The FAA has announced that the final rules covering remote identification of unmanned aircraft systems (UAS/drones) and drone operations over people will now go into effect on April 21, 2021. The original effective date for both rules was March 16, 60 days after they were published in the Federal Register. According to the FAA, the date was pushed back to “afford the President’s appointees or designees an opportunity to review the rule and … allow for consideration of any questions of fact, law, or policy that the rule may raise before it becomes effective.”
The Remote Identification of Unmanned Aircraft rule requires drones in flight to broadcast identification and location information along with requiring similar location data from the aircraft’s control station or takeoff point. Unmanned aircraft operating at FAA-recognized identification areas (FRIAs) are exempt from Remote ID requirements. While the Remote ID rule goes into effect on April 21, operators will have 30 months from the date the rule was published in the Federal Register—January 15, 2021—to comply with the new regulations.
The Operation of Small Unmanned Aircraft Over People rule applies to Part 107 operations and includes provisions for flights over people, over moving vehicles and at night. In addition, it requires remote pilots to pass an “updated” initial knowledge test or complete an online training course prior to operating under the new regulations. The FAA says the knowledge test and training course will be available on April 6, 2021.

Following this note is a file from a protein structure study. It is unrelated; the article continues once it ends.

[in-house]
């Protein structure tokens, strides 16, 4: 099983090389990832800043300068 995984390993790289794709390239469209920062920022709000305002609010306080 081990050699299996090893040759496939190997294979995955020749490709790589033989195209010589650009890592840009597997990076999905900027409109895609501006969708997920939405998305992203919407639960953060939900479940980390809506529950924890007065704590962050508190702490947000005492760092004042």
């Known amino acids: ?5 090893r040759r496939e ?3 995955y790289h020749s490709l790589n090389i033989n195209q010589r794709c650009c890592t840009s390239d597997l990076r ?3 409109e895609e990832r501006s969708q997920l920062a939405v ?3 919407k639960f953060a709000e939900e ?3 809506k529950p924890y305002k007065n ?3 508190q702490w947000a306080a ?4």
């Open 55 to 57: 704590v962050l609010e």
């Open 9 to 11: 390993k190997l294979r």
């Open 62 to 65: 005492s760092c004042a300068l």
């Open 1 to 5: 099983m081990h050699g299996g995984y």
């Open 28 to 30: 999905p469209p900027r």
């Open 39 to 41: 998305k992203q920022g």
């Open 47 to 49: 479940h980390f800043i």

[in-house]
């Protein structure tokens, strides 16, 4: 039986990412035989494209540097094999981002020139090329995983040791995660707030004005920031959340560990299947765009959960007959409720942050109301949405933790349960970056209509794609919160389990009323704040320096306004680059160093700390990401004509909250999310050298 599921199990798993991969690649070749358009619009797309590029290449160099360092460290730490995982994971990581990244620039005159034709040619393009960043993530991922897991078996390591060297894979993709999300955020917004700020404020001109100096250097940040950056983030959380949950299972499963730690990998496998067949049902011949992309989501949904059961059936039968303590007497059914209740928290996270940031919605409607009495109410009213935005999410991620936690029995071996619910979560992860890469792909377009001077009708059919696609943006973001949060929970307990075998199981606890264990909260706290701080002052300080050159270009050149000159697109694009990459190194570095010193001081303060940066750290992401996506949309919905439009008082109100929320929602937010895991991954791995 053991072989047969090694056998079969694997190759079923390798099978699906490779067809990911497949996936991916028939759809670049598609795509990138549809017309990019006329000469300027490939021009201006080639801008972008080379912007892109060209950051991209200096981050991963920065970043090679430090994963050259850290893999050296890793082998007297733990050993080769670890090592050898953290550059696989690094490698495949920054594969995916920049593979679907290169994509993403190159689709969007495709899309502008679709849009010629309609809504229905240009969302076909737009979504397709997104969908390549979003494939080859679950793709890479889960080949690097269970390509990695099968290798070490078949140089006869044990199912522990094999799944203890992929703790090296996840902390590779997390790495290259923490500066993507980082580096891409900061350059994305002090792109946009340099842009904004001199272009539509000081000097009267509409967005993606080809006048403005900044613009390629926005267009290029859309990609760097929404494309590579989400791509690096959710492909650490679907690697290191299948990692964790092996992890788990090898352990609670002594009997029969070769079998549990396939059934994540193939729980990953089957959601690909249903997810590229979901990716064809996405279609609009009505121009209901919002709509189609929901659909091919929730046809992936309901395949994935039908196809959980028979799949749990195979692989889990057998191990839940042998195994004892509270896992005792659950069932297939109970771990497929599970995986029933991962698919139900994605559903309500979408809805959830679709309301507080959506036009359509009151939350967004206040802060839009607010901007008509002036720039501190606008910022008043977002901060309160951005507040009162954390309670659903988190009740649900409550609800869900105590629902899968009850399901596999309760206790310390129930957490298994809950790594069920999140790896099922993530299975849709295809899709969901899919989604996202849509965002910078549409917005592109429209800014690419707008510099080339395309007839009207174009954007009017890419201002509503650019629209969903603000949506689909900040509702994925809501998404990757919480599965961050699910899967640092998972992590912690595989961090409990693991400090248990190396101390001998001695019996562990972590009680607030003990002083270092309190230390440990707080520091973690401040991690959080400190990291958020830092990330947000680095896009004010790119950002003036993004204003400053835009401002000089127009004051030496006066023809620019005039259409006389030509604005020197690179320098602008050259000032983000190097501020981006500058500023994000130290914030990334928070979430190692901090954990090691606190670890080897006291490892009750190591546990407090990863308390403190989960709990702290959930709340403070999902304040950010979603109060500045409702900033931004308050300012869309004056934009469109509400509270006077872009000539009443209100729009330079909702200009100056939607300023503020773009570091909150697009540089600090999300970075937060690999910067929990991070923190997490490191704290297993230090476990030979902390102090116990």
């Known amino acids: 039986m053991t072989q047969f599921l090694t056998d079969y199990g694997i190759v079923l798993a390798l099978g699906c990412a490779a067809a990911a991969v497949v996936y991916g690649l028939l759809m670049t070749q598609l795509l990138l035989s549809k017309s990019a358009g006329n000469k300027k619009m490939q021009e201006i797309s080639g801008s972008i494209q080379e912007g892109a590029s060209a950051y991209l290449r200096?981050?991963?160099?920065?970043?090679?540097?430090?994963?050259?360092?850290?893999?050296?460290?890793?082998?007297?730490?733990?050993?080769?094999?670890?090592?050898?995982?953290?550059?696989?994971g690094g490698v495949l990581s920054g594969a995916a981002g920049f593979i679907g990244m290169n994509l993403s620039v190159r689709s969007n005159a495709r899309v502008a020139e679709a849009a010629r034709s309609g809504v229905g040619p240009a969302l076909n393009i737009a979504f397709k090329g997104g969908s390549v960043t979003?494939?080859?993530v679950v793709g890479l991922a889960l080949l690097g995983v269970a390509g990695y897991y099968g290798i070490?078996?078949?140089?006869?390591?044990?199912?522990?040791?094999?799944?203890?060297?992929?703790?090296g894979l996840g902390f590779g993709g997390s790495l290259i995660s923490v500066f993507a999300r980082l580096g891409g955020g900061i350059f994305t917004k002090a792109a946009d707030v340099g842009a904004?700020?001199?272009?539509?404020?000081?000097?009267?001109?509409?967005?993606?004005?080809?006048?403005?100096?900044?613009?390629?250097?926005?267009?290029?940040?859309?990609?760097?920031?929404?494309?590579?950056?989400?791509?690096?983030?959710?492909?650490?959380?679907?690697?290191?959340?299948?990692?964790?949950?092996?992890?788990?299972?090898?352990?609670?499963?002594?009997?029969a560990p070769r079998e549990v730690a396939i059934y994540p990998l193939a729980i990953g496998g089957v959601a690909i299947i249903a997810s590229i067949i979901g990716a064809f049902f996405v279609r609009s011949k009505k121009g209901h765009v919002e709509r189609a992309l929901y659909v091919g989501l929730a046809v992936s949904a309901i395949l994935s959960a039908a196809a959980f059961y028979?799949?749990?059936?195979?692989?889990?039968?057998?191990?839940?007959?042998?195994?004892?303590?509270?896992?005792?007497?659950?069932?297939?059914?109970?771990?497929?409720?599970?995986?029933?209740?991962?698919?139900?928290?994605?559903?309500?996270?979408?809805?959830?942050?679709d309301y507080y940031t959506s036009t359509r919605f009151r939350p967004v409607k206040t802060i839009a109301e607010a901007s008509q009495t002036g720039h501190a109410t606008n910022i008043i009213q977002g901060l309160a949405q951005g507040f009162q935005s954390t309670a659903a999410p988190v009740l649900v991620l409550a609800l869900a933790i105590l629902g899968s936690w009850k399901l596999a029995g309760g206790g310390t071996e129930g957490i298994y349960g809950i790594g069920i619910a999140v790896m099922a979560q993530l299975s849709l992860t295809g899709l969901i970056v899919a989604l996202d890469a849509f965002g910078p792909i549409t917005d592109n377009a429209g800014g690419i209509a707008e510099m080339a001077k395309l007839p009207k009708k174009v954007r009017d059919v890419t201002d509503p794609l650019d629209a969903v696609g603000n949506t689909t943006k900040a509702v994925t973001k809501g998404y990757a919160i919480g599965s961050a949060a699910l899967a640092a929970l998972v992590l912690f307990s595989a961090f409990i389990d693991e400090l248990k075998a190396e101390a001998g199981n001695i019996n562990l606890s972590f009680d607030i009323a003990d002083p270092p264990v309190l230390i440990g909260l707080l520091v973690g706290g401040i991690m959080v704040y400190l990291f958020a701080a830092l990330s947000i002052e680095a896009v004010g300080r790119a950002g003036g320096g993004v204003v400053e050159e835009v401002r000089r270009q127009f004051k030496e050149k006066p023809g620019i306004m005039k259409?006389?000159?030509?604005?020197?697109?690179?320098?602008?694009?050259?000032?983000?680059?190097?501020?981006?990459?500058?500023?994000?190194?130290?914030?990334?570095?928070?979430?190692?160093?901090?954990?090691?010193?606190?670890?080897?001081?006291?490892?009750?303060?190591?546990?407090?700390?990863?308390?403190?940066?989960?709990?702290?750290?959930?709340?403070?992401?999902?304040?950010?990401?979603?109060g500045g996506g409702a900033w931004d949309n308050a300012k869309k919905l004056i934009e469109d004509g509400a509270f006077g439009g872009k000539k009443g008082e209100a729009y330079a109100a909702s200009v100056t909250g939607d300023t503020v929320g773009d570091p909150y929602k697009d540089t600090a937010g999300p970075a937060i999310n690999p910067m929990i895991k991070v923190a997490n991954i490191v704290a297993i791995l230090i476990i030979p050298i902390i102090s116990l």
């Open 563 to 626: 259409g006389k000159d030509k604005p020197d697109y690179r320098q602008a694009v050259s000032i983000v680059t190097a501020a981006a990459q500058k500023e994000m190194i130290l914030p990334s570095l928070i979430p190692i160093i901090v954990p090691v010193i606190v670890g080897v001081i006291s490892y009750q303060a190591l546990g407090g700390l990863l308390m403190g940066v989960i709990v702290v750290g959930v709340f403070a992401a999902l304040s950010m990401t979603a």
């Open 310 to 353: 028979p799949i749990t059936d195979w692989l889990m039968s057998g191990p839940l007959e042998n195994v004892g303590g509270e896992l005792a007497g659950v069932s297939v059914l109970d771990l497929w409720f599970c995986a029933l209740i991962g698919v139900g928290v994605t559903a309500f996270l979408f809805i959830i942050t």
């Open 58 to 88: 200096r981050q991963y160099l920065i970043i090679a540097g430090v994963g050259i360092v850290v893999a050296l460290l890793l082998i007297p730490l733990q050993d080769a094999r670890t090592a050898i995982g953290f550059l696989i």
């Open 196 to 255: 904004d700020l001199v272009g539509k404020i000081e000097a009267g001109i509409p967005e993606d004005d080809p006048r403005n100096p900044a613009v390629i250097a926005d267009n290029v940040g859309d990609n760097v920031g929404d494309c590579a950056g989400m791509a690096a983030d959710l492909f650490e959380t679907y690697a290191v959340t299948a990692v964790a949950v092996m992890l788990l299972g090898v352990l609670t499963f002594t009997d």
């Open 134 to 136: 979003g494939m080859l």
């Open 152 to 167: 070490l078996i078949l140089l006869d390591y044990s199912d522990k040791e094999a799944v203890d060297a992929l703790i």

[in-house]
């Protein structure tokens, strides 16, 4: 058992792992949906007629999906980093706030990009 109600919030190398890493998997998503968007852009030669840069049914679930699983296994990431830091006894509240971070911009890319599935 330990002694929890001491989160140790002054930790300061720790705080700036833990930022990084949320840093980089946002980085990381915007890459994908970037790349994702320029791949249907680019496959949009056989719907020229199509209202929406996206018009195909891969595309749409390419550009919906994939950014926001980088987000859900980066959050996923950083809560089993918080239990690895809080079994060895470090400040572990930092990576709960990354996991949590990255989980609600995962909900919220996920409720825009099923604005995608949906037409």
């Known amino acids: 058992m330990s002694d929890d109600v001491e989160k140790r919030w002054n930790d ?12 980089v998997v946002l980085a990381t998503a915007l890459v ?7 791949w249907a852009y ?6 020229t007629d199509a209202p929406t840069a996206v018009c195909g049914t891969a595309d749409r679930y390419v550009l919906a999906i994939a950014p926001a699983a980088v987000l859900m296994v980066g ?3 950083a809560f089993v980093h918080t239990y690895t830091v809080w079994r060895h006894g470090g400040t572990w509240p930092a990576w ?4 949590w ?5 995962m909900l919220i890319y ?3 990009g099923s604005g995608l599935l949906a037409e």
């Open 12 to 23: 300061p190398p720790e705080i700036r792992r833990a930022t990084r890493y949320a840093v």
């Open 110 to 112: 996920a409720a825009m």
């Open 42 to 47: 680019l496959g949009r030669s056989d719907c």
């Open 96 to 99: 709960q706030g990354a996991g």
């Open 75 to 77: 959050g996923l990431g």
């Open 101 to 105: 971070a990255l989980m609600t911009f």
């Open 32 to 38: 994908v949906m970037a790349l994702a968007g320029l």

Is remote identification required for drones that weigh less than 250 grams? Thanks.
My understanding is that 14 CFR Part 107 covers all UASs between 0.55 pounds (205 grams) up to and including 55 pounds.
Correct me if I’m wrong… Say I buy some land, which I intend to do when I can afford to but I am not yet wealthy enough. I will be required to put a remote ID module of some sort on my small RC models to fly legally there, since I cannot register said private land as a “FRIA” as an individual. But (barring airspace and other applicable laws which apply to both cases) hypothetically I could fly an ultralight or PPG from that land with no such requirement for remote ID. I find this puzzling as a pilot of real and model aircraft.
Don’t fret. I’m sure that the Feds ultimately will require electronic identification of any manmade object that can float above the surface of the earth.